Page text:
Forestry is no threat to wildlife on Mull

The Oban Times - - LETTERS -

Sir, I am writ­ing to re­as­sure res­i­dents and any­one con­nected with Mull that there is no threat to wildlife in the area as a re­sult of the trees that are be­ing planted. In fact, work­ing with the lo­cal com­mu­nity and land own­ers to pro­tect the lo­cal en­vi­ron­ment is cen­tral to our op­er­a­tions.

Our work on Mull has been ex­ten­sive and pos­i­tive. It has in­cluded: help­ing to pro­vide so­lu­tions to ex­port­ing tim­ber from Mull to the main­land and Ire­land; help­ing to min­imise im­pacts on frag­ile roads by de­sign­ing low-im­pact tim­ber trucks, and cre­at­ing forest de­sign plans that help both com­mu­nity and pri­vate clients achieve their ob­jec­tives for their forests.

Our ecol­o­gists have guided the work to en­sure min­i­mal im­pact on the en­vi­ron­ment – in­clud­ing en­sur­ing the float­ing pier does not in­ter­fere with ot­ters. Our felling plans en­sure white-tailed ea­gles flour­ish in the forests where they nest. To name just two ex­am­ples.

Your ar­ti­cle ‘ Chem­i­cal threat to Mull wildlife’ in last week’s pa­per men­tions the use of a sys­temic pes­ti­cide called Gazelle.

Like many other crops, trees can suf­fer from dam­age by in­sects such as wee­vils. To help them to thrive, the young trees are treated in a con­trolled en­vi­ron­ment in the nurs­ery where they are grown be­fore be­ing trans­ported to site for plant­ing. The use of Gazelle is only pos­si­ble be­cause of ex­ten­sive tests and stud­ies. It has been ap­proved by the EU and the UK CRD (Chem­i­cal Reg­u­la­tion Depart­ment) and is ap­proved by our dual Forest Sus­tain­able Man­age­ment Bod­ies PEFC and FSC as well as by the Forestry Com­mis­sion and UK WAS (UK Wood­land As­sur­ance Scheme).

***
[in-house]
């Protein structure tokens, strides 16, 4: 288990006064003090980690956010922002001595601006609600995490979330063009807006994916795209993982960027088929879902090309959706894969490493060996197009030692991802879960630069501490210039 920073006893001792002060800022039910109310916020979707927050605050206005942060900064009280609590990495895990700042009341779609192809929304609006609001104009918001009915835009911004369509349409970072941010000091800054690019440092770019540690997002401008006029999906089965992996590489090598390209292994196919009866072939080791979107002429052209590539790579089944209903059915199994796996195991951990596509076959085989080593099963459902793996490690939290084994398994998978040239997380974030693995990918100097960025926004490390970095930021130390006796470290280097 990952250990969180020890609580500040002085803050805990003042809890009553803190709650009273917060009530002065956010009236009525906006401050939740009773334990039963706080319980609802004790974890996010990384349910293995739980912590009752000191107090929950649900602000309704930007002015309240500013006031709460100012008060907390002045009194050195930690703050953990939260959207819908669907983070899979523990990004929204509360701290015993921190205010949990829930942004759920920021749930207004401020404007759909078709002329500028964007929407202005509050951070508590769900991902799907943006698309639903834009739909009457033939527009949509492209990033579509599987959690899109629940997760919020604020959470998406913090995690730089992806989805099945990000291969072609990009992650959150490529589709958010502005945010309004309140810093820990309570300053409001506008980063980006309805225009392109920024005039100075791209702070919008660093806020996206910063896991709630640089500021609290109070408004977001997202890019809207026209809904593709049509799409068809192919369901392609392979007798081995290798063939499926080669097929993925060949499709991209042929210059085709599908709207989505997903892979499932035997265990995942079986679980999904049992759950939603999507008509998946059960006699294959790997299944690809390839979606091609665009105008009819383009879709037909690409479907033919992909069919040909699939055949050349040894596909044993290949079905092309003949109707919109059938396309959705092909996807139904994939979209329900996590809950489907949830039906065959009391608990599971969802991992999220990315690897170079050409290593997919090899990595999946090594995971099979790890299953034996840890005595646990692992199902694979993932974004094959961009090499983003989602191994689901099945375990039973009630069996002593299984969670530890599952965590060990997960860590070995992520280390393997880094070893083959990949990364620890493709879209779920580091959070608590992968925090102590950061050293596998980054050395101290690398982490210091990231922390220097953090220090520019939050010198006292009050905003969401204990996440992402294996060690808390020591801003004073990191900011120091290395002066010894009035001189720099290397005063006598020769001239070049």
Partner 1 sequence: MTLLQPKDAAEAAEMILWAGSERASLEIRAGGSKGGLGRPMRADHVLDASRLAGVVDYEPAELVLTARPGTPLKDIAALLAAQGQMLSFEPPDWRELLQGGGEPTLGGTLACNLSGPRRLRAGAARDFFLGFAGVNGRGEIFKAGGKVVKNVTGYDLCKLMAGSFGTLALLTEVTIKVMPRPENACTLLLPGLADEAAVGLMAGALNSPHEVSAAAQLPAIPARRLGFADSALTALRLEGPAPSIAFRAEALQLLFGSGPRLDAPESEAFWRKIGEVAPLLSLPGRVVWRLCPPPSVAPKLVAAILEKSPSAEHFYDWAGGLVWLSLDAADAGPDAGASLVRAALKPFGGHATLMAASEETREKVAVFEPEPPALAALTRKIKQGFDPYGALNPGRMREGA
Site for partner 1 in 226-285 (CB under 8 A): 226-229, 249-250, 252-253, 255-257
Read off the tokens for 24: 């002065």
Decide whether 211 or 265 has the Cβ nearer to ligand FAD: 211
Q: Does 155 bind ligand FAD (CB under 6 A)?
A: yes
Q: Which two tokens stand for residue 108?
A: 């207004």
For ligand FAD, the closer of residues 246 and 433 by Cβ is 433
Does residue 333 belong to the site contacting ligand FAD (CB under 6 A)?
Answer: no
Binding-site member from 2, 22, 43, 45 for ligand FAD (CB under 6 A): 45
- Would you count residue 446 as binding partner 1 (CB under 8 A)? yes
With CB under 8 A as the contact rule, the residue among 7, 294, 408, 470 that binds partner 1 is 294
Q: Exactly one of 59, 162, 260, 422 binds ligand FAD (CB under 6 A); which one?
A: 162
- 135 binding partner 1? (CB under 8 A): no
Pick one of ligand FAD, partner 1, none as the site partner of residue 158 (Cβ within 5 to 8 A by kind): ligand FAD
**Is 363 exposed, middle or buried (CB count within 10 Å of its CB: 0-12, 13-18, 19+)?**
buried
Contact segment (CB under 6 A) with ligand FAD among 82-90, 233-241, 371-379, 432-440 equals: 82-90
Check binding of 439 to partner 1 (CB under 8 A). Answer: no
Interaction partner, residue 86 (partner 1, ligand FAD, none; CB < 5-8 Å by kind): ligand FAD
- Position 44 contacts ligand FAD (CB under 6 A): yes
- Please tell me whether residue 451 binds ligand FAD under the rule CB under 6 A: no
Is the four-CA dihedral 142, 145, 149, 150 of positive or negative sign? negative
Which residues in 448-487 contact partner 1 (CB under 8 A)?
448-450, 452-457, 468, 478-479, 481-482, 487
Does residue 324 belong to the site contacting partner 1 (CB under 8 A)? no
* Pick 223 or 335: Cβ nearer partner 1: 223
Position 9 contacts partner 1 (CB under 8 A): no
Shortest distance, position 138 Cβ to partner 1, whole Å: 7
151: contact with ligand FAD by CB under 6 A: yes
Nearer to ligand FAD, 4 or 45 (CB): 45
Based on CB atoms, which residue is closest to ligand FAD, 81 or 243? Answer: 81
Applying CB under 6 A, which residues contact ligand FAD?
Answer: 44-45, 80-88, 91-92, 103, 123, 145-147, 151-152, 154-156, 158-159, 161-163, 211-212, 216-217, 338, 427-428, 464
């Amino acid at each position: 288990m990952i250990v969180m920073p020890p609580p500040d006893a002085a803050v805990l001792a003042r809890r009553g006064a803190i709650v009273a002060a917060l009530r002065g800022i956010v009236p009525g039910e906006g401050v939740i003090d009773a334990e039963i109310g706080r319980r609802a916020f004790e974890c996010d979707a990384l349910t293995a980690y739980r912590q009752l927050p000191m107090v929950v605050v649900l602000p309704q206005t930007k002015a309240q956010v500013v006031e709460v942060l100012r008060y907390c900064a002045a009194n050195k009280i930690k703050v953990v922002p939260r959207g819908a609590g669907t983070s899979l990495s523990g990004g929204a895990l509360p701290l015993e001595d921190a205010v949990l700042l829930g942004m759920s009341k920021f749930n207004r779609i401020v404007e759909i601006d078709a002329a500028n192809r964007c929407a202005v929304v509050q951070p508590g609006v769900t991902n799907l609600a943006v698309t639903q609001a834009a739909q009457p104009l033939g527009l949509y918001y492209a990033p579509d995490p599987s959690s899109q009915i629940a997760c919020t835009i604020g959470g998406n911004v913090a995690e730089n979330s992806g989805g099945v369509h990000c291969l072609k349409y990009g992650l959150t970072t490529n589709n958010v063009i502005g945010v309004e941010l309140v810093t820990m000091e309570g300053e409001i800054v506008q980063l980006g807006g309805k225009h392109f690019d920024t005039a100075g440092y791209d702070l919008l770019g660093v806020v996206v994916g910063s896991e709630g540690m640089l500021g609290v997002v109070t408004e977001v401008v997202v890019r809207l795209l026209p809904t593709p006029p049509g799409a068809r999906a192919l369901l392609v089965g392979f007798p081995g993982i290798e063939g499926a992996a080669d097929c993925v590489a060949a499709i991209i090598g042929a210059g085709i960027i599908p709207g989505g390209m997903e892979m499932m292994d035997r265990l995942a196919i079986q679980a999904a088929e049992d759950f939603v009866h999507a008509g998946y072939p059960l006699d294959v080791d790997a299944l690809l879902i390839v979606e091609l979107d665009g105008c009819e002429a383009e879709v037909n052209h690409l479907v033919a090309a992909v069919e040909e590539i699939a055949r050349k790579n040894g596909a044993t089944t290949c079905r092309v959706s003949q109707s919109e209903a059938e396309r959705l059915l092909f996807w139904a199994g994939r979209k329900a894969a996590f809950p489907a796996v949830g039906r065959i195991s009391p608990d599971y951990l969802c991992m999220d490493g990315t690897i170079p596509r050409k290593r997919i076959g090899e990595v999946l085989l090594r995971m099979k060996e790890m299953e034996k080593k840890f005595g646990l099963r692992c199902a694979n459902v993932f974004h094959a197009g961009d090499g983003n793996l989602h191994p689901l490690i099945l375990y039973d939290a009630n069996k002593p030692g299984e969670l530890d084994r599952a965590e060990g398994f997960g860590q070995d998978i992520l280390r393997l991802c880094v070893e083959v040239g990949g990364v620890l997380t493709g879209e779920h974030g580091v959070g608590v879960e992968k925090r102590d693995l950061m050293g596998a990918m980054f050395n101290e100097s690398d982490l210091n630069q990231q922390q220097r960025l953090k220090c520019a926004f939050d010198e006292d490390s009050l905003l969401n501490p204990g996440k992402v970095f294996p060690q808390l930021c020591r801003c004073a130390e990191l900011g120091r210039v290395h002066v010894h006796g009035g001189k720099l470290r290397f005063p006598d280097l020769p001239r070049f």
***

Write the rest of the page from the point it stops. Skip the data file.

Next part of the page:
We only use pes­ti­cides when it is ab­so­lutely nec­es­sary and are striv­ing to re­duce our us­age. That is why we are ma­jor play­ers in the Hy­lo­bius (wee­vil) Plant Pro­tec­tion Group – a cross-in­dus­try group that is look­ing for the elu­sive goal of non-pes­ti­ci­dal Hy­lo­bius man­age­ment. We have been car­ry­ing out tri­als since early 2000s – firstly search­ing for lighter foot­print pes­ti­cides and se­condly for non-pes­ti­cide so­lu­tions.

It is true to say that global de­mand for tim­ber is in­creas­ing and, yes, China is hav­ing a sig­nif­i­cant im­pact on this. ‘Scot­land plc’ is well placed to be a ma­jor player in forestry which is why the Scot­tish Govern­ment is so sup­port­ive of the in­dus­try.

Forestry pro­duces sus­tain­able, low- car­bon ma­te­rial for con­struc­tion as well as re­new­able fuel. This helps re­duce the use of fos­sil-hun­gry ma­te­ri­als such as steel, con­crete and coal. The forests se­quester car­bon help­ing with our cli­mate change tar­gets in a sus­tain­able way while pro­vid­ing jobs and pro­tect­ing wildlife.

Re­stock­ing the forests al­lows the 1970s plan­ta­tions to be im­proved and the plant­ing of trees with bet­ter ge­net­ics to make the tim­ber far more re­silient and use­ful while cre­at­ing forests for our chil­dren and grand­chil­dren to en­joy. Tim Lid­don, Forestry Di­rec­tor, Til­hill Forestry.

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